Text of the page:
Westfield Stratford, the shiny, all-singing, all-dancing, brand spanking new, behemoth of a shopping centre is hardly a place I expected to find myself...like ever, for two reasons: 1.) It's literally the other end of town from me and 2.) There is a Westfield much closer, the original (just about) within walking distance from my flat. But as work took me to within two DLR stops of the scene of the Olympic Park, which houses Westfield Stratford, I seized the opportunity to survey the new build, and needless to say, sample one of its dining options.
First impressions of the Stratford Westfield - it's big; the design and layout is similar, but everything seems to be a super-sized version of the far-from-small Shepherds Bush location. It was crowded, especially given that this was a mid-week evening, but that might just be footfall from curious first-time visitors. As for the dining options - just like the original, many of the food outlets here are chains, but the class of chain at Stratford would appear to be of a higher quality, at least on "The Balcony" - the likes of Rosa's and Franca Manca, for example, are very highly regarded. That makes a pleasant change, given the paucity of decent eating options at the original Westfield. I opted for Indi-Go, an Indian street food vendor that I had heard some good things about. Indian street food, ironically served anywhere but on the streets, is clearly the in-thing on the London dining scene right now, with a new outlet popping up seemingly every week - given the generally high standard of the offerings, I'm loving it.
There are standard curries with rice on the menu at Indi-Go, but I went with three choices from the "Street Food" section. For those of you unfamiliar with how the system works on “The Balcony” at the Westfields, you place your order at the counter and are presented with a pager that will buzz to alert you when the food is ready (a matter of minutes); you return to the counter to collect your food, then find a suitable spot within the vast dining hall to park yourself. All very efficient.
Aloo Tikki Ragda: Fresh Potato Cakes. Stuffed with coriander, ginger, blend of spices, cumin seeds, topped with chickpeas, red onion served on tamarind sauce was delectable - the potato cakes crisp and tasty; the sauce full of flavour.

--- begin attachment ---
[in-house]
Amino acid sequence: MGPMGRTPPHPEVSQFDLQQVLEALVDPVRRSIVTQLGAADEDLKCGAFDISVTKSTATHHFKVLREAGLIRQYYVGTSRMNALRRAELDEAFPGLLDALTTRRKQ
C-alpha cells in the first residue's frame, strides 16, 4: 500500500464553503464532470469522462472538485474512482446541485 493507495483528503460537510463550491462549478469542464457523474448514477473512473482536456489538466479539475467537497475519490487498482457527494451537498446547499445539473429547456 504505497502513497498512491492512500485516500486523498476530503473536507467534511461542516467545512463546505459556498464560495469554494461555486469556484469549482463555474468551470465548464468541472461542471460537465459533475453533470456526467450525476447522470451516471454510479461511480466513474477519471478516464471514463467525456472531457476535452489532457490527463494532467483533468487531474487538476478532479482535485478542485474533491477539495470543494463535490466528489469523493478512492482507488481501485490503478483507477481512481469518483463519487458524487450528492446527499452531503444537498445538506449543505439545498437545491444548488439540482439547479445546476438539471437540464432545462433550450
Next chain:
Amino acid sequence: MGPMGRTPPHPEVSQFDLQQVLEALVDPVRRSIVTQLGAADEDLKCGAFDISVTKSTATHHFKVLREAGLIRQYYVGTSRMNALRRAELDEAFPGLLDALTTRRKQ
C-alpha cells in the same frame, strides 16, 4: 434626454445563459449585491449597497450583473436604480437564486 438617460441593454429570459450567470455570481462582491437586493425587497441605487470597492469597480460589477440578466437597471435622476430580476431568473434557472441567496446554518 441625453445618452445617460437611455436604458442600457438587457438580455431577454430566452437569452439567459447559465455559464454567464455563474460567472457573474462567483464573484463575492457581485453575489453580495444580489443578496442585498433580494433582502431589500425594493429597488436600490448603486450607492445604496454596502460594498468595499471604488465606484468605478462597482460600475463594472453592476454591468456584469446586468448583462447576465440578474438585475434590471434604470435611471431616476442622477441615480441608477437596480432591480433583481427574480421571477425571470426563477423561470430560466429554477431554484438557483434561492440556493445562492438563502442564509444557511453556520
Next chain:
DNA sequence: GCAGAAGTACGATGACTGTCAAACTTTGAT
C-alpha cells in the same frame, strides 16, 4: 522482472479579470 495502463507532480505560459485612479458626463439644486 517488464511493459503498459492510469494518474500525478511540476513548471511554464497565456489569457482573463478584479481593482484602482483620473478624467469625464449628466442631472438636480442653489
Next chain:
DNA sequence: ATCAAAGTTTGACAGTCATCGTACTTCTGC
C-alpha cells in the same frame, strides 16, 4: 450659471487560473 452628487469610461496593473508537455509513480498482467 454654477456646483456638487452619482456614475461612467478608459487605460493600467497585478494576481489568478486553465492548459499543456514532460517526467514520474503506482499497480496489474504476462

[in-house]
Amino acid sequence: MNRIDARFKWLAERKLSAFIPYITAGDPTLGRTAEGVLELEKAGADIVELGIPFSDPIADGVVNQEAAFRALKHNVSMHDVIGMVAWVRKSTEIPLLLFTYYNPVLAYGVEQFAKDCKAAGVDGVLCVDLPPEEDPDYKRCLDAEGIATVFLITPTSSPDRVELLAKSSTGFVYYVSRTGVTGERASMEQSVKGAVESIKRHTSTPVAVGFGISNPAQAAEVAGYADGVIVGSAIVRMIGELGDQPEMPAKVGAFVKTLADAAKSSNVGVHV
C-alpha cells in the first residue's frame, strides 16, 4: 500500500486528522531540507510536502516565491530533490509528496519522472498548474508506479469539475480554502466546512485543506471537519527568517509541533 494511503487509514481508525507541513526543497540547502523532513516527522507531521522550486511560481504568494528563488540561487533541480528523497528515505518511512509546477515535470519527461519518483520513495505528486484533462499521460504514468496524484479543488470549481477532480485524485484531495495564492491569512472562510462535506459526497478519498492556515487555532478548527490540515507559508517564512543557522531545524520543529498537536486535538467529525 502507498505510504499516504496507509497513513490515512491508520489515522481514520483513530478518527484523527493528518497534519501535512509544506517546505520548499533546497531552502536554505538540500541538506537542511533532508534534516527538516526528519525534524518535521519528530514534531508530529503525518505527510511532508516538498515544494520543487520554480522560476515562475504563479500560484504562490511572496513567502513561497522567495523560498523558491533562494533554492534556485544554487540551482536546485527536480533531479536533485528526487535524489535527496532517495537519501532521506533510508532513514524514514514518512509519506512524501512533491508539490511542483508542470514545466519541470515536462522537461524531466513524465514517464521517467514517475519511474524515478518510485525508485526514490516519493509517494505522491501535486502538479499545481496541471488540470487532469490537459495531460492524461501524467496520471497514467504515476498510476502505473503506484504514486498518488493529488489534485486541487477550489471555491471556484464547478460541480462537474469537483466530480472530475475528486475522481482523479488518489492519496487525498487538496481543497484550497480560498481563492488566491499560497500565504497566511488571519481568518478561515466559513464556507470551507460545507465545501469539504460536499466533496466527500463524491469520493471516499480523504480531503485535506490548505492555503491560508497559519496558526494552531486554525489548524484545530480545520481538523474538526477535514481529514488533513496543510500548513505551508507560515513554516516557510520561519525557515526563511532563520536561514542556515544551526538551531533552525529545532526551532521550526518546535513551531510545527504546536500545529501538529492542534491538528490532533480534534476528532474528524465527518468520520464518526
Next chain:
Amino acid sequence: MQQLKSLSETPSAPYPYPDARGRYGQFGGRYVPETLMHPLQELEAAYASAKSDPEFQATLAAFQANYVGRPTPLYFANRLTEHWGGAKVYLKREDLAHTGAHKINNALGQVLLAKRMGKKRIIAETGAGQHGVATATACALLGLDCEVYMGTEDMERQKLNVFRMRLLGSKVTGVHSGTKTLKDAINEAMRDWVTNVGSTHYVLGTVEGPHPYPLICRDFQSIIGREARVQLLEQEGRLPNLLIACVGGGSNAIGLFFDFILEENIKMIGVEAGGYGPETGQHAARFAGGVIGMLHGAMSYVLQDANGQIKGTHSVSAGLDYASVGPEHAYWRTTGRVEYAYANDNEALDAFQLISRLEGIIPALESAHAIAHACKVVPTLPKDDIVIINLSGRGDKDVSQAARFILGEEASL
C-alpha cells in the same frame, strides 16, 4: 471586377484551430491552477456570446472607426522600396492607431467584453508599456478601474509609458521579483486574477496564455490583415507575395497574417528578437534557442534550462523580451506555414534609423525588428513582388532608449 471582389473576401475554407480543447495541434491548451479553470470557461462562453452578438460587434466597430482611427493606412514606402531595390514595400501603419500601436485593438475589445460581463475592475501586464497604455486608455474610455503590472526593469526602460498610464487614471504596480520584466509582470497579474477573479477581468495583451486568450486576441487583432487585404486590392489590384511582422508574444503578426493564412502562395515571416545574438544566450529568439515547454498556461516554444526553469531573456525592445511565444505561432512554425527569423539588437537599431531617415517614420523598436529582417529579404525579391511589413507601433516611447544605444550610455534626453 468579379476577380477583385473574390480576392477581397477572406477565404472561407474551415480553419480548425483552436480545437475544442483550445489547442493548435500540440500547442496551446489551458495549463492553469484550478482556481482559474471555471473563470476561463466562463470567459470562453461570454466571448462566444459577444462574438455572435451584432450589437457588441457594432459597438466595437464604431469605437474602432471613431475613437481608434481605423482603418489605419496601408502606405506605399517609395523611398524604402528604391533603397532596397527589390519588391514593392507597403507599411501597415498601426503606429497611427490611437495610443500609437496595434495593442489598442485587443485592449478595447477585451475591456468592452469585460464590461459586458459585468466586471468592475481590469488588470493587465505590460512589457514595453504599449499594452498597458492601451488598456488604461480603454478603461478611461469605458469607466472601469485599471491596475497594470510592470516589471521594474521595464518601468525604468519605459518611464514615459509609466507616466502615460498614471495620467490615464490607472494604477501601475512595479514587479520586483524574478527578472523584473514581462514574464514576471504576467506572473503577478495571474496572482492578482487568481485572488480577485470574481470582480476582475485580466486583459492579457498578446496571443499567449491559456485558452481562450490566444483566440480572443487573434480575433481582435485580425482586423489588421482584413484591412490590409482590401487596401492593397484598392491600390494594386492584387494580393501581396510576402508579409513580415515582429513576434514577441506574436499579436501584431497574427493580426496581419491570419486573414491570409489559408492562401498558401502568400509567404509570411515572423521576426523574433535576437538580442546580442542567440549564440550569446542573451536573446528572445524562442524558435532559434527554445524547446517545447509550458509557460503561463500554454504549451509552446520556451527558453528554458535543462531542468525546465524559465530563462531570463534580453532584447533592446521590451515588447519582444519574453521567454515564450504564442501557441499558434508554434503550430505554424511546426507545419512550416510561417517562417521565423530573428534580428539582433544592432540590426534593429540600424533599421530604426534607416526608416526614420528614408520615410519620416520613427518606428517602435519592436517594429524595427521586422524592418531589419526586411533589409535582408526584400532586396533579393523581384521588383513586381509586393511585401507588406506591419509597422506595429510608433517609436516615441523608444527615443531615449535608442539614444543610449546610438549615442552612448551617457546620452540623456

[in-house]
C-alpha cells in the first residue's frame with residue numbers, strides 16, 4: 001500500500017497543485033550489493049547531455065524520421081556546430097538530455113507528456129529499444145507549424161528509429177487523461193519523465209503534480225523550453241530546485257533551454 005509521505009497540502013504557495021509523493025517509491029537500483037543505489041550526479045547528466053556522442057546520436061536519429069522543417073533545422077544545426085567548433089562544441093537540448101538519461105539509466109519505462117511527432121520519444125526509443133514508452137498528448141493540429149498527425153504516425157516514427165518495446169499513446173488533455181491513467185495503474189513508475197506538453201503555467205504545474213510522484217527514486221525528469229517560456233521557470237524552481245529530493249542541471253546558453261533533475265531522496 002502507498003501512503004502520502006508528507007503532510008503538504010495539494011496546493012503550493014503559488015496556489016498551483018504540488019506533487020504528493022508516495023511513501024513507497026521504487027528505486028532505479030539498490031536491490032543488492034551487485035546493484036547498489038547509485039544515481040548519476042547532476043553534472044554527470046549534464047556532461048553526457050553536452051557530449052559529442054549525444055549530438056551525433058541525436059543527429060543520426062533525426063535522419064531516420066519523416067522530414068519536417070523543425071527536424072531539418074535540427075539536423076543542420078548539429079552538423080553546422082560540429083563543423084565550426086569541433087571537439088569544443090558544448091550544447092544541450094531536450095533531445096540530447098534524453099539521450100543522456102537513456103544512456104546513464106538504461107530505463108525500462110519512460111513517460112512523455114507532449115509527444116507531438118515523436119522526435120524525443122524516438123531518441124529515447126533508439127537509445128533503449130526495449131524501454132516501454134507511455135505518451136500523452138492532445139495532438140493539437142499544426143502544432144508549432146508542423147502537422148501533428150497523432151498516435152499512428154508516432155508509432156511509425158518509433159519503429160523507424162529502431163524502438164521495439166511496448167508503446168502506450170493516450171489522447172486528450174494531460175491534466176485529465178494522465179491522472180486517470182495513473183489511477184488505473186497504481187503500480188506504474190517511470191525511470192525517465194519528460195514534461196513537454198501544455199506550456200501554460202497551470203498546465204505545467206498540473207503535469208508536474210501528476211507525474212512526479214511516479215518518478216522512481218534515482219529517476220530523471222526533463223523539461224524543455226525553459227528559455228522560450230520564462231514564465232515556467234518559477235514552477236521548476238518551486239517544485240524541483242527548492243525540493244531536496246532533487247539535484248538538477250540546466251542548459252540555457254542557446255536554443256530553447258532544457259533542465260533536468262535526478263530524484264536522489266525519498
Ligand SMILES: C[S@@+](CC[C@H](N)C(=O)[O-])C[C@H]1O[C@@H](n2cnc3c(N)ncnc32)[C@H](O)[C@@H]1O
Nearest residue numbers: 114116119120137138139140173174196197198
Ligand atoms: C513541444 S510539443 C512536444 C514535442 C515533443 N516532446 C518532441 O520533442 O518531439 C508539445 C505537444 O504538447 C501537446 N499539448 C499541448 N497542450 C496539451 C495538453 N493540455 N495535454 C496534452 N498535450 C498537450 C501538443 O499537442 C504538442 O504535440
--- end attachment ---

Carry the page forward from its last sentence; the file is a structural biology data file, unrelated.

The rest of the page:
Meanwhile, the Lamb Sheik Kebab Wrap: Minced grilled kebab, lettuce, onions, tomato, and yoghurt wrapped in soft naan was very enjoyable - the kebab, not dry, as I was almost certain it would be, and possessing a good chargrilled flavour, complimented by a lovely, yoghurty sauce, all wrapped in a soft, fluffy nan bread.
Finally, Pav Bhaji: Famous from the streets of India mashed vegetables in a tangy cumin sauce served on hot toasted bun was superb - the sauce was delicious - appetising and well spiced; and to lap it up a lightly buttered, toasted, crisp on the edges, soft and pillowy on the inside, brioche-like bun that was the equal of any bun I have come across. Despite being very full, I just couldn't stop.
My Mango Lassi was, for possibly the first time ever, not too thick.
In a nutshell...
Indian street food is fast becoming commonplace on the London dining scene, and Indi-Go can hold its own against the best. Despite its origins on the streets of India, the modest food court at Westfield seems ill-fitting for Indi-Go's dishes. Perhaps it’s because the prices were a touch on the expensive side for what it professes to be - that was my biggest (only) issue with Indi-Go. Or more likely, its because I could easily see these dishes at more upmarket establishments; and indeed they surpassed much of what I was served not so long ago at Veeraswamy. Now if only I could take a gentle stroll, rather than have to negotiate the vagaries of three tube lines, to get home.
The Balcony, Westfield Stratford Shopping Centre, Stratford, London, E20 1EJ
Average Price: £15-£20